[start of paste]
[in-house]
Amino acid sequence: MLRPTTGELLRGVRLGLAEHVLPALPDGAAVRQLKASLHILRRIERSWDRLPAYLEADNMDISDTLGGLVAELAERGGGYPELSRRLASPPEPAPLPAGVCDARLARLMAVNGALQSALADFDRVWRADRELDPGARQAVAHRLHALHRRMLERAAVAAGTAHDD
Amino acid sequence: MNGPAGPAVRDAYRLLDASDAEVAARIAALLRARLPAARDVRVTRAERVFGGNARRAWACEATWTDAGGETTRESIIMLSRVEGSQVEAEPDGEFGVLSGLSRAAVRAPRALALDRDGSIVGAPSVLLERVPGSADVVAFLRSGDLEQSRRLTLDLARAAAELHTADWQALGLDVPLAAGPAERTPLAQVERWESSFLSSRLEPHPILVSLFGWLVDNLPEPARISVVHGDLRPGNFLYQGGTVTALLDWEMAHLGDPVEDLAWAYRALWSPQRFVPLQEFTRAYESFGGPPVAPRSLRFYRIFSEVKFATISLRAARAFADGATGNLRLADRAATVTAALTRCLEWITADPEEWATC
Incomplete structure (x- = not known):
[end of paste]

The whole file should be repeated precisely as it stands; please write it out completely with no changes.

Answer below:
[in-house]
Amino acid sequence: MLRPTTGELLRGVRLGLAEHVLPALPDGAAVRQLKASLHILRRIERSWDRLPAYLEADNMDISDTLGGLVAELAERGGGYPELSRRLASPPEPAPLPAGVCDARLARLMAVNGALQSALADFDRVWRADRELDPGARQAVAHRLHALHRRMLERAAVAAGTAHDD
Amino acid sequence: MNGPAGPAVRDAYRLLDASDAEVAARIAALLRARLPAARDVRVTRAERVFGGNARRAWACEATWTDAGGETTRESIIMLSRVEGSQVEAEPDGEFGVLSGLSRAAVRAPRALALDRDGSIVGAPSVLLERVPGSADVVAFLRSGDLEQSRRLTLDLARAAAELHTADWQALGLDVPLAAGPAERTPLAQVERWESSFLSSRLEPHPILVSLFGWLVDNLPEPARISVVHGDLRPGNFLYQGGTVTALLDWEMAHLGDPVEDLAWAYRALWSPQRFVPLQEFTRAYESFGGPPVAPRSLRFYRIFSEVKFATISLRAARAFADGATGNLRLADRAATVTAALTRCLEWITADPEEWATC
Incomplete structure (x- = not known):